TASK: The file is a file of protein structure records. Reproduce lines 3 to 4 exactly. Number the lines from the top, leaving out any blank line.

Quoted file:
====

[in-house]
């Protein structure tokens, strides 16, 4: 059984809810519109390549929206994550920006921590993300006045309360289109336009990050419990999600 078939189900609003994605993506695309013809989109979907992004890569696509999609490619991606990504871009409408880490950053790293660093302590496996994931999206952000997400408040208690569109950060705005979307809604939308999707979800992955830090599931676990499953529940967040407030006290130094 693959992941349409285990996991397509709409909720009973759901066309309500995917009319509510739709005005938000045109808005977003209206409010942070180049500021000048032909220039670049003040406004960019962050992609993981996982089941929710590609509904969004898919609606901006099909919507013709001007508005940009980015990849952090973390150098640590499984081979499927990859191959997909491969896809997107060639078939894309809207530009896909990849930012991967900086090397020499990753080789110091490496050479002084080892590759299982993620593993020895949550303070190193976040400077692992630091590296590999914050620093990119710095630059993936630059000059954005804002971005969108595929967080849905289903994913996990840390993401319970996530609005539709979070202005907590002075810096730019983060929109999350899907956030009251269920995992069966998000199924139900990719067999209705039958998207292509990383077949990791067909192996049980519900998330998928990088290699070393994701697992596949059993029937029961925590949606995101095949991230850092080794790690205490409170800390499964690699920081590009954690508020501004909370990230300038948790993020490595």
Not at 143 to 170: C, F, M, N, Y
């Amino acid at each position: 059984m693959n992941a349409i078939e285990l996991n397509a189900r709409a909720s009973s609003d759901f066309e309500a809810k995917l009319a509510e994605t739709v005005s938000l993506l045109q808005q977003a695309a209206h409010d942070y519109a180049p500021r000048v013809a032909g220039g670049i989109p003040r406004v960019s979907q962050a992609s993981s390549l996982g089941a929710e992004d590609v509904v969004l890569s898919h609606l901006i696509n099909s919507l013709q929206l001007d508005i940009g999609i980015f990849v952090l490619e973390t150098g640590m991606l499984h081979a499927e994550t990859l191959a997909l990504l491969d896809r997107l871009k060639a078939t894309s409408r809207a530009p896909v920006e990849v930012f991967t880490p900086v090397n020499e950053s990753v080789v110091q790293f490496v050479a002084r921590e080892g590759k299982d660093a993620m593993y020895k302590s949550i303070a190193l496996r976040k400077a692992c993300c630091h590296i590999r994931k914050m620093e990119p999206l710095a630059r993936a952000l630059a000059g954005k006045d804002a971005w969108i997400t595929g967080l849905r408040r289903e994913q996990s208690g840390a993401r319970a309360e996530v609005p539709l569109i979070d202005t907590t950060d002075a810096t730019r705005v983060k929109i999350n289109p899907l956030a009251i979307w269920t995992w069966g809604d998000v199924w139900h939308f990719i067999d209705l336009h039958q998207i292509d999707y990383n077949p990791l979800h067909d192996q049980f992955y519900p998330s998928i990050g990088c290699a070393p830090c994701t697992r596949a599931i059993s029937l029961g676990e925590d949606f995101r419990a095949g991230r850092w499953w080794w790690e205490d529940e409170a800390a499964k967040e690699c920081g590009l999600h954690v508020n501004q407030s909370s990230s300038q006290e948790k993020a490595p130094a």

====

Not at 143 to 170: C, F, M, N, Y
């Amino acid at each position: 059984m693959n992941a349409i078939e285990l996991n397509a189900r709409a909720s009973s609003d759901f066309e309500a809810k995917l009319a509510e994605t739709v005005s938000l993506l045109q808005q977003a695309a209206h409010d942070y519109a180049p500021r000048v013809a032909g220039g670049i989109p003040r406004v960019s979907q962050a992609s993981s390549l996982g089941a929710e992004d590609v509904v969004l890569s898919h609606l901006i696509n099909s919507l013709q929206l001007d508005i940009g999609i980015f990849v952090l490619e973390t150098g640590m991606l499984h081979a499927e994550t990859l191959a997909l990504l491969d896809r997107l871009k060639a078939t894309s409408r809207a530009p896909v920006e990849v930012f991967t880490p900086v090397n020499e950053s990753v080789v110091q790293f490496v050479a002084r921590e080892g590759k299982d660093a993620m593993y020895k302590s949550i303070a190193l496996r976040k400077a692992c993300c630091h590296i590999r994931k914050m620093e990119p999206l710095a630059r993936a952000l630059a000059g954005k006045d804002a971005w969108i997400t595929g967080l849905r408040r289903e994913q996990s208690g840390a993401r319970a309360e996530v609005p539709l569109i979070d202005t907590t950060d002075a810096t730019r705005v983060k929109i999350n289109p899907l956030a009251i979307w269920t995992w069966g809604d998000v199924w139900h939308f990719i067999d209705l336009h039958q998207i292509d999707y990383n077949p990791l979800h067909d192996q049980f992955y519900p998330s998928i990050g990088c290699a070393p830090c994701t697992r596949a599931i059993s029937l029961g676990e925590d949606f995101r419990a095949g991230r850092w499953w080794w790690e205490d529940e409170a800390a499964k967040e690699c920081g590009l999600h954690v508020n501004q407030s909370s990230s300038q006290e948790k993020a490595p130094a």